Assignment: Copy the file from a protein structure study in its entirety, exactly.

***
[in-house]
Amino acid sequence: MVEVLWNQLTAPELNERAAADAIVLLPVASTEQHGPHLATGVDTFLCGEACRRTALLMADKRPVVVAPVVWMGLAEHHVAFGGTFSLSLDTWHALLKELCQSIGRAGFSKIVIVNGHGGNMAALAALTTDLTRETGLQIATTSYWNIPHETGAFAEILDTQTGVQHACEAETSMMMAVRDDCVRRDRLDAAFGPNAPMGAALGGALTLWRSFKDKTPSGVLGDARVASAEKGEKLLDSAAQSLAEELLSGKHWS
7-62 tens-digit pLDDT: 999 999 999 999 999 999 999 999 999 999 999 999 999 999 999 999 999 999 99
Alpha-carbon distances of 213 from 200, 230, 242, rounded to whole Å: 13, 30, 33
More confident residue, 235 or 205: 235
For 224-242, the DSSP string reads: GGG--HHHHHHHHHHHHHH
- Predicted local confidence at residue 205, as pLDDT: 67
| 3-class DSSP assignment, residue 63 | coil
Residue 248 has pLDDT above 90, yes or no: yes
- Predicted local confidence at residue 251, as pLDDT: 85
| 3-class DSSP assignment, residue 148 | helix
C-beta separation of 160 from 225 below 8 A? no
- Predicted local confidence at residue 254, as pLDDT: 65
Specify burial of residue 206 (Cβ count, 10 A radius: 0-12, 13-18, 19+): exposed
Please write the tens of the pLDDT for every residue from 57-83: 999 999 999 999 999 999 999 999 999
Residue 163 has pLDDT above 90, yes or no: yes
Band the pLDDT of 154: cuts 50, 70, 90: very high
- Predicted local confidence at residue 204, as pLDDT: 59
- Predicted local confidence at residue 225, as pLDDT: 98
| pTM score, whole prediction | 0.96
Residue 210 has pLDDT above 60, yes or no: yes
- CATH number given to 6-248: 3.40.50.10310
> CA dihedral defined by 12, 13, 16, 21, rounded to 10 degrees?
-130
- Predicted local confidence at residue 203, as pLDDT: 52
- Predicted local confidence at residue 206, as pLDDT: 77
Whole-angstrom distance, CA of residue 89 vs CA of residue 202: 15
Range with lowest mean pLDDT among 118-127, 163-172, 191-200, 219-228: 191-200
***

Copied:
[in-house]
Amino acid sequence: MVEVLWNQLTAPELNERAAADAIVLLPVASTEQHGPHLATGVDTFLCGEACRRTALLMADKRPVVVAPVVWMGLAEHHVAFGGTFSLSLDTWHALLKELCQSIGRAGFSKIVIVNGHGGNMAALAALTTDLTRETGLQIATTSYWNIPHETGAFAEILDTQTGVQHACEAETSMMMAVRDDCVRRDRLDAAFGPNAPMGAALGGALTLWRSFKDKTPSGVLGDARVASAEKGEKLLDSAAQSLAEELLSGKHWS
7-62 tens-digit pLDDT: 999 999 999 999 999 999 999 999 999 999 999 999 999 999 999 999 999 999 99
Alpha-carbon distances of 213 from 200, 230, 242, rounded to whole Å: 13, 30, 33
More confident residue, 235 or 205: 235
For 224-242, the DSSP string reads: GGG--HHHHHHHHHHHHHH
- Predicted local confidence at residue 205, as pLDDT: 67
| 3-class DSSP assignment, residue 63 | coil
Residue 248 has pLDDT above 90, yes or no: yes
- Predicted local confidence at residue 251, as pLDDT: 85
| 3-class DSSP assignment, residue 148 | helix
C-beta separation of 160 from 225 below 8 A? no
- Predicted local confidence at residue 254, as pLDDT: 65
Specify burial of residue 206 (Cβ count, 10 A radius: 0-12, 13-18, 19+): exposed
Please write the tens of the pLDDT for every residue from 57-83: 999 999 999 999 999 999 999 999 999
Residue 163 has pLDDT above 90, yes or no: yes
Band the pLDDT of 154: cuts 50, 70, 90: very high
- Predicted local confidence at residue 204, as pLDDT: 59
- Predicted local confidence at residue 225, as pLDDT: 98
| pTM score, whole prediction | 0.96
Residue 210 has pLDDT above 60, yes or no: yes
- CATH number given to 6-248: 3.40.50.10310
> CA dihedral defined by 12, 13, 16, 21, rounded to 10 degrees?
-130
- Predicted local confidence at residue 203, as pLDDT: 52
- Predicted local confidence at residue 206, as pLDDT: 77
Whole-angstrom distance, CA of residue 89 vs CA of residue 202: 15
Range with lowest mean pLDDT among 118-127, 163-172, 191-200, 219-228: 191-200